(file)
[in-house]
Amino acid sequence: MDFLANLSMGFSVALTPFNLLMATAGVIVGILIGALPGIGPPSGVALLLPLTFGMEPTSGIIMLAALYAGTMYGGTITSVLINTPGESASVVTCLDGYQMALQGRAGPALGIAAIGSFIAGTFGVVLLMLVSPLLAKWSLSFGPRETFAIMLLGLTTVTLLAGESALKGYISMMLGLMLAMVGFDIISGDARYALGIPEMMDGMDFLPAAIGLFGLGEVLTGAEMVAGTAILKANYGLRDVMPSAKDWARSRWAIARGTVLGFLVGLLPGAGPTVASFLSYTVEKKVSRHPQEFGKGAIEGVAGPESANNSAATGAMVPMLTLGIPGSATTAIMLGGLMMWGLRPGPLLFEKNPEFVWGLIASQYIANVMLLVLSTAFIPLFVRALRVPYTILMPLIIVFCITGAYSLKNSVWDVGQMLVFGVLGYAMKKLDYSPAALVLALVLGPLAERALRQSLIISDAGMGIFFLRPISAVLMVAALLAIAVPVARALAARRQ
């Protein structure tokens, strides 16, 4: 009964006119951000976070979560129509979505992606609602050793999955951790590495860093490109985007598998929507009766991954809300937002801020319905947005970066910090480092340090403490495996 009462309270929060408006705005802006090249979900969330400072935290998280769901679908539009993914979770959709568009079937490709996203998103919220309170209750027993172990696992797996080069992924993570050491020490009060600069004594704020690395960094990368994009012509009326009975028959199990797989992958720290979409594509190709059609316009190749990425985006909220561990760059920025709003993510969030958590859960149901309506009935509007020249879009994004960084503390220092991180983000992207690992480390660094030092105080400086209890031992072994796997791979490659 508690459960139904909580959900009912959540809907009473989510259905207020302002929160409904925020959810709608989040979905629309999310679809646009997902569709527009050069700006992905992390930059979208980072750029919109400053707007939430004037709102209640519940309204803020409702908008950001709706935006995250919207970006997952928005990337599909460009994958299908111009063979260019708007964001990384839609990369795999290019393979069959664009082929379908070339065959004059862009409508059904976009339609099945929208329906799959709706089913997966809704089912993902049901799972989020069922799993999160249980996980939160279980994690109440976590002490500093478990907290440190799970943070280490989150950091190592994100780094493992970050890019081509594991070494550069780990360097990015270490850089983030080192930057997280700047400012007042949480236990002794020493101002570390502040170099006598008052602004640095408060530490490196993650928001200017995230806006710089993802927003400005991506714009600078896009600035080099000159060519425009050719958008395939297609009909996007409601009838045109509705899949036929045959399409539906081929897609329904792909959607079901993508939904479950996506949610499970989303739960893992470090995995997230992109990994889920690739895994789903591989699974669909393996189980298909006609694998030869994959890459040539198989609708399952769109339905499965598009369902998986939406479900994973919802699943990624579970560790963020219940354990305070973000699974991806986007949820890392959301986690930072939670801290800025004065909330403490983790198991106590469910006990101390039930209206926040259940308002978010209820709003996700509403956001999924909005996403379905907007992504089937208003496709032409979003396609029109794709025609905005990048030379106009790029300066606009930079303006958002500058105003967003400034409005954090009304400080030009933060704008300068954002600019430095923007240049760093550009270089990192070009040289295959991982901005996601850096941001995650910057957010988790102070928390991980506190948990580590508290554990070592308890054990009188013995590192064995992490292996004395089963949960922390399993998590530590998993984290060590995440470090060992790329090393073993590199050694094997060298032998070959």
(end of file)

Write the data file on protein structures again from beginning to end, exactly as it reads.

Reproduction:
[in-house]
Amino acid sequence: MDFLANLSMGFSVALTPFNLLMATAGVIVGILIGALPGIGPPSGVALLLPLTFGMEPTSGIIMLAALYAGTMYGGTITSVLINTPGESASVVTCLDGYQMALQGRAGPALGIAAIGSFIAGTFGVVLLMLVSPLLAKWSLSFGPRETFAIMLLGLTTVTLLAGESALKGYISMMLGLMLAMVGFDIISGDARYALGIPEMMDGMDFLPAAIGLFGLGEVLTGAEMVAGTAILKANYGLRDVMPSAKDWARSRWAIARGTVLGFLVGLLPGAGPTVASFLSYTVEKKVSRHPQEFGKGAIEGVAGPESANNSAATGAMVPMLTLGIPGSATTAIMLGGLMMWGLRPGPLLFEKNPEFVWGLIASQYIANVMLLVLSTAFIPLFVRALRVPYTILMPLIIVFCITGAYSLKNSVWDVGQMLVFGVLGYAMKKLDYSPAALVLALVLGPLAERALRQSLIISDAGMGIFFLRPISAVLMVAALLAIAVPVARALAARRQ
């Protein structure tokens, strides 16, 4: 009964006119951000976070979560129509979505992606609602050793999955951790590495860093490109985007598998929507009766991954809300937002801020319905947005970066910090480092340090403490495996 009462309270929060408006705005802006090249979900969330400072935290998280769901679908539009993914979770959709568009079937490709996203998103919220309170209750027993172990696992797996080069992924993570050491020490009060600069004594704020690395960094990368994009012509009326009975028959199990797989992958720290979409594509190709059609316009190749990425985006909220561990760059920025709003993510969030958590859960149901309506009935509007020249879009994004960084503390220092991180983000992207690992480390660094030092105080400086209890031992072994796997791979490659 508690459960139904909580959900009912959540809907009473989510259905207020302002929160409904925020959810709608989040979905629309999310679809646009997902569709527009050069700006992905992390930059979208980072750029919109400053707007939430004037709102209640519940309204803020409702908008950001709706935006995250919207970006997952928005990337599909460009994958299908111009063979260019708007964001990384839609990369795999290019393979069959664009082929379908070339065959004059862009409508059904976009339609099945929208329906799959709706089913997966809704089912993902049901799972989020069922799993999160249980996980939160279980994690109440976590002490500093478990907290440190799970943070280490989150950091190592994100780094493992970050890019081509594991070494550069780990360097990015270490850089983030080192930057997280700047400012007042949480236990002794020493101002570390502040170099006598008052602004640095408060530490490196993650928001200017995230806006710089993802927003400005991506714009600078896009600035080099000159060519425009050719958008395939297609009909996007409601009838045109509705899949036929045959399409539906081929897609329904792909959607079901993508939904479950996506949610499970989303739960893992470090995995997230992109990994889920690739895994789903591989699974669909393996189980298909006609694998030869994959890459040539198989609708399952769109339905499965598009369902998986939406479900994973919802699943990624579970560790963020219940354990305070973000699974991806986007949820890392959301986690930072939670801290800025004065909330403490983790198991106590469910006990101390039930209206926040259940308002978010209820709003996700509403956001999924909005996403379905907007992504089937208003496709032409979003396609029109794709025609905005990048030379106009790029300066606009930079303006958002500058105003967003400034409005954090009304400080030009933060704008300068954002600019430095923007240049760093550009270089990192070009040289295959991982901005996601850096941001995650910057957010988790102070928390991980506190948990580590508290554990070592308890054990009188013995590192064995992490292996004395089963949960922390399993998590530590998993984290060590995440470090060992790329090393073993590199050694094997060298032998070959």